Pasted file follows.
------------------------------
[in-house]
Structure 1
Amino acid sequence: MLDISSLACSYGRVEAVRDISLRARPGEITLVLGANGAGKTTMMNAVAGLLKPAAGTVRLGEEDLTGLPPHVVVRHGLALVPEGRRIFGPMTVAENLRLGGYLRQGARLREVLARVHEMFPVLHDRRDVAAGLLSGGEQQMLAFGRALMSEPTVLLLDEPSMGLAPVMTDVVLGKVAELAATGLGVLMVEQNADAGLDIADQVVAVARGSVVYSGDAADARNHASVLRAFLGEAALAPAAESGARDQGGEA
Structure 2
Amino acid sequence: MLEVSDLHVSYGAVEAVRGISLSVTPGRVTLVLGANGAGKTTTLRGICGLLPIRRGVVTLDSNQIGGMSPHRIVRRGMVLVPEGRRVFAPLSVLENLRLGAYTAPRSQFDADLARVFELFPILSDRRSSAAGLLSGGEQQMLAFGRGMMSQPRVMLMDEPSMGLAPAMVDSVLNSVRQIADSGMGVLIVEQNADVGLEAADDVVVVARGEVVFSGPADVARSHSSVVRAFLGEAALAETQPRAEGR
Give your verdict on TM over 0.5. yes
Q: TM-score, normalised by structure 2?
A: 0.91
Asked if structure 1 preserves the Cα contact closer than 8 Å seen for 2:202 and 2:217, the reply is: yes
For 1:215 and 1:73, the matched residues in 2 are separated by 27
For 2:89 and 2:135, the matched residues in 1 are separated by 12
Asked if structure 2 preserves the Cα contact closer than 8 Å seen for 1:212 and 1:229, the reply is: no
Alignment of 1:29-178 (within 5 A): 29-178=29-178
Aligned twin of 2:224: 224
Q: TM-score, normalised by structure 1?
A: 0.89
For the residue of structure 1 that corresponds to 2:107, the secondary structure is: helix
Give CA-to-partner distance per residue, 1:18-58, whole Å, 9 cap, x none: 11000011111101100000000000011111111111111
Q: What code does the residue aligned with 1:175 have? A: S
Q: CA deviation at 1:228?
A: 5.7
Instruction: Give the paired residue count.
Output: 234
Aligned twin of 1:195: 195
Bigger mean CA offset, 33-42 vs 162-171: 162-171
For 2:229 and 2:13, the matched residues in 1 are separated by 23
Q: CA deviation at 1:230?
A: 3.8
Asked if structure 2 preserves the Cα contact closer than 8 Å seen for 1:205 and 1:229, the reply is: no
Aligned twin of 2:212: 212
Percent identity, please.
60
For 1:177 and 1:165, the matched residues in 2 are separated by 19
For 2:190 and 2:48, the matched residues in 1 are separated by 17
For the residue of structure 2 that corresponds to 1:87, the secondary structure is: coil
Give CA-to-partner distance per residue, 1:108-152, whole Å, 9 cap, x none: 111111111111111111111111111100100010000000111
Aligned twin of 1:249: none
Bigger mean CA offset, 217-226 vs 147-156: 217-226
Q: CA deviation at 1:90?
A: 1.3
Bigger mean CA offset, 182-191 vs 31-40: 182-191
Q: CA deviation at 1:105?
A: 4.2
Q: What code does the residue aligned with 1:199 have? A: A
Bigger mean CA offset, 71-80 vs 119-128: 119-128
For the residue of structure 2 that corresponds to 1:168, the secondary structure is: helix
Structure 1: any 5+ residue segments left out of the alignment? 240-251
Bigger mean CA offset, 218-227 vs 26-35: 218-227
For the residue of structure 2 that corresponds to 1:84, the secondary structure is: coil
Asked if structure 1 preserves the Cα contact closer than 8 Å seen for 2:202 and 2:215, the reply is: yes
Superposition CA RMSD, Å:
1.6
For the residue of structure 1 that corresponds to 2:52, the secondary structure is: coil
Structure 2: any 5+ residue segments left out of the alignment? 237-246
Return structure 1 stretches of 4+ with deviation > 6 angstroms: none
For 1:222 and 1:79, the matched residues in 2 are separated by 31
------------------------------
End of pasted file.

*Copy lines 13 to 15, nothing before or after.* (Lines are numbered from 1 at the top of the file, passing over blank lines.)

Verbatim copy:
Alignment of 1:29-178 (within 5 A): 29-178=29-178
Aligned twin of 2:224: 224
Q: TM-score, normalised by structure 1?